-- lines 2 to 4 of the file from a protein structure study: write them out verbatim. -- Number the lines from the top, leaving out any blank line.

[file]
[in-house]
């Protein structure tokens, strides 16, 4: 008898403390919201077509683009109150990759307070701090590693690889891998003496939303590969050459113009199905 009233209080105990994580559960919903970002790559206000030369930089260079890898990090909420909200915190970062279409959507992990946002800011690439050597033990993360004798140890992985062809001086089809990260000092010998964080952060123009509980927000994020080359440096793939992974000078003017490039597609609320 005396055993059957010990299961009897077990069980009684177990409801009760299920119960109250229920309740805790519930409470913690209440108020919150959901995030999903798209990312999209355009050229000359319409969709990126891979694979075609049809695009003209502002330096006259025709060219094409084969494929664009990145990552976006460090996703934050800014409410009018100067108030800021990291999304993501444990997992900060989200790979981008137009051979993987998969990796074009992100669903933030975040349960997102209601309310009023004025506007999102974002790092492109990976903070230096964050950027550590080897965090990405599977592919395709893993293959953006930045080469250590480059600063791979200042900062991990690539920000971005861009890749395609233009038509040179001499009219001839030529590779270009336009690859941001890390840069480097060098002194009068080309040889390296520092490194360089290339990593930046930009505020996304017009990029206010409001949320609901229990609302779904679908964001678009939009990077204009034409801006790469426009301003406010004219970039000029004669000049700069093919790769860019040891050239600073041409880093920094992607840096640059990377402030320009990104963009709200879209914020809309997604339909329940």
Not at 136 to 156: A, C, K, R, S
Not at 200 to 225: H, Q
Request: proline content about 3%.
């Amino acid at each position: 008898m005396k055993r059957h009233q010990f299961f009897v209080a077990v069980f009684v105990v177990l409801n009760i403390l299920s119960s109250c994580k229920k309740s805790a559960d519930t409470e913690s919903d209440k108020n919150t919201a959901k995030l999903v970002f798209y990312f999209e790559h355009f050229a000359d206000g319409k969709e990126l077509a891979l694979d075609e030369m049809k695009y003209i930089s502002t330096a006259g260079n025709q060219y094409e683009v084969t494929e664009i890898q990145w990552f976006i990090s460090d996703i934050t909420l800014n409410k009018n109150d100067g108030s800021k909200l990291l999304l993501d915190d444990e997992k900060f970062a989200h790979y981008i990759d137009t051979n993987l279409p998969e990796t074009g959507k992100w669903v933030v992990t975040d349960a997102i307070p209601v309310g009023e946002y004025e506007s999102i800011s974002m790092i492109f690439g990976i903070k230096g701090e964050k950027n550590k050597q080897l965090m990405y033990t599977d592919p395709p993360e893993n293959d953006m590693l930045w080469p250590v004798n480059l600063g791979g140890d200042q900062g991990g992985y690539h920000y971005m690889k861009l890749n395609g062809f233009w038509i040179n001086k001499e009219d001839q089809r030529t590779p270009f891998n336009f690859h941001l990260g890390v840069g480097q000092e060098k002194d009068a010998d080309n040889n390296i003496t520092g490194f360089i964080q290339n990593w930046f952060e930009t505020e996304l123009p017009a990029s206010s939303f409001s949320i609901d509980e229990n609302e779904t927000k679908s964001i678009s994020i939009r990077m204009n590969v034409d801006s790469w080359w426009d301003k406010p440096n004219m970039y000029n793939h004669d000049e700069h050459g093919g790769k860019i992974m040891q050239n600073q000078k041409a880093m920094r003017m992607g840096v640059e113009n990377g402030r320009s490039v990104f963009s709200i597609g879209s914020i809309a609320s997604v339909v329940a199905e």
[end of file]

């Protein structure tokens, strides 16, 4: 008898403390919201077509683009109150990759307070701090590693690889891998003496939303590969050459113009199905 009233209080105990994580559960919903970002790559206000030369930089260079890898990090909420909200915190970062279409959507992990946002800011690439050597033990993360004798140890992985062809001086089809990260000092010998964080952060123009509980927000994020080359440096793939992974000078003017490039597609609320 005396055993059957010990299961009897077990069980009684177990409801009760299920119960109250229920309740805790519930409470913690209440108020919150959901995030999903798209990312999209355009050229000359319409969709990126891979694979075609049809695009003209502002330096006259025709060219094409084969494929664009990145990552976006460090996703934050800014409410009018100067108030800021990291999304993501444990997992900060989200790979981008137009051979993987998969990796074009992100669903933030975040349960997102209601309310009023004025506007999102974002790092492109990976903070230096964050950027550590080897965090990405599977592919395709893993293959953006930045080469250590480059600063791979200042900062991990690539920000971005861009890749395609233009038509040179001499009219001839030529590779270009336009690859941001890390840069480097060098002194009068080309040889390296520092490194360089290339990593930046930009505020996304017009990029206010409001949320609901229990609302779904679908964001678009939009990077204009034409801006790469426009301003406010004219970039000029004669000049700069093919790769860019040891050239600073041409880093920094992607840096640059990377402030320009990104963009709200879209914020809309997604339909329940």
Not at 136 to 156: A, C, K, R, S
Not at 200 to 225: H, Q